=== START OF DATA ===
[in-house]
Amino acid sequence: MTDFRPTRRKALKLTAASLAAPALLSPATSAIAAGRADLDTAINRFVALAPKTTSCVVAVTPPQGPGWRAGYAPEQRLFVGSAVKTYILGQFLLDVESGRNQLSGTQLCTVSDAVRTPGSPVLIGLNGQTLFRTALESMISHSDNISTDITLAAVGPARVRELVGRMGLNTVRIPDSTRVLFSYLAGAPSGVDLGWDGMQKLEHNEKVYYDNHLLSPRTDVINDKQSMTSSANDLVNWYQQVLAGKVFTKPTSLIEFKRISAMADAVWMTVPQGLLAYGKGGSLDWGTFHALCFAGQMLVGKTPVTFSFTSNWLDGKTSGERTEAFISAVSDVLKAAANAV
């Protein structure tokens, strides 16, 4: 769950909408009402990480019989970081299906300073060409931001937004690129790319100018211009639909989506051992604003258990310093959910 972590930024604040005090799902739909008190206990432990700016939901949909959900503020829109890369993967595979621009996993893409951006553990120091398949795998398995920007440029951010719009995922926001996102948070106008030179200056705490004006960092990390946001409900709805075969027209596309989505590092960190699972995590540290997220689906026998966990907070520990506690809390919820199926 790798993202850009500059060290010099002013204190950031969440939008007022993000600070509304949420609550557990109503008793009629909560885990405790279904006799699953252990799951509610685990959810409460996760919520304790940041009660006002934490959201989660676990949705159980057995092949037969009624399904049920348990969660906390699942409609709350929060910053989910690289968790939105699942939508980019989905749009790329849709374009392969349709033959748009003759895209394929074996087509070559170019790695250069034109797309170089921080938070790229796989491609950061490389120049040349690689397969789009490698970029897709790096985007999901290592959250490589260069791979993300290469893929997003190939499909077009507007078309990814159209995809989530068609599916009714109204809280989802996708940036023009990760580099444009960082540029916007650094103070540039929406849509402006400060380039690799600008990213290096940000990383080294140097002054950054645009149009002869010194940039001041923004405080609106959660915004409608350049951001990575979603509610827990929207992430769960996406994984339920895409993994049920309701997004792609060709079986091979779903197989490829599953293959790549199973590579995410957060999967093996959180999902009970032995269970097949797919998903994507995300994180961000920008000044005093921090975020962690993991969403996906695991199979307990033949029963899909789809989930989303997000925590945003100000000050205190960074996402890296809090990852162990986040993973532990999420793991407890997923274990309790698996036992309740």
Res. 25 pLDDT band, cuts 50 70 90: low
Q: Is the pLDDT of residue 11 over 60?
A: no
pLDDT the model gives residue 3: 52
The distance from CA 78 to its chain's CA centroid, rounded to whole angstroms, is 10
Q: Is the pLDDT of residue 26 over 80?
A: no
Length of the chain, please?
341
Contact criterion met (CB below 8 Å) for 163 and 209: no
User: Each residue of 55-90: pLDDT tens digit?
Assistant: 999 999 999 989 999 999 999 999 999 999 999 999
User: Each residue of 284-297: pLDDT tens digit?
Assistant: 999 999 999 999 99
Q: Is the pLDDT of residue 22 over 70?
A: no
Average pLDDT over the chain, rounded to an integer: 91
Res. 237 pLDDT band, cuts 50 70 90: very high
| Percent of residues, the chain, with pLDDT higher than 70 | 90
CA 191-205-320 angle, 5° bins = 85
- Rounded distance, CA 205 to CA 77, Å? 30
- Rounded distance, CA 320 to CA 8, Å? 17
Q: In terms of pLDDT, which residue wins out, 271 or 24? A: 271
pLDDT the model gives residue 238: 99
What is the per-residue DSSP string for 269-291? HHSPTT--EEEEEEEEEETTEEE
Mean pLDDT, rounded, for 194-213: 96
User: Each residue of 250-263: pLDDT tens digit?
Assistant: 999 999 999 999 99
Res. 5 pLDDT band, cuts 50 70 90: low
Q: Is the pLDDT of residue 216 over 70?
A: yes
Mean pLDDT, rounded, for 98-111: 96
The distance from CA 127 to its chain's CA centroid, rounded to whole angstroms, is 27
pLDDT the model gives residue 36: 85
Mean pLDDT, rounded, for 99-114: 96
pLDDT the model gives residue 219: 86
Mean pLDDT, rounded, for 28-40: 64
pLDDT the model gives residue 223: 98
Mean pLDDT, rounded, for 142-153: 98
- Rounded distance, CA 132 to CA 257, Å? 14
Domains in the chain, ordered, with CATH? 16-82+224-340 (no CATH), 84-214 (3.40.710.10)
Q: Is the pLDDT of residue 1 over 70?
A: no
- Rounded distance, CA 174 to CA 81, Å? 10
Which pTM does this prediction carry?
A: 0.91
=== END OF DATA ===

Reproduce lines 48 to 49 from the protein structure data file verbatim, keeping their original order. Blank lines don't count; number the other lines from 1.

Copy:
Which pTM does this prediction carry?
A: 0.91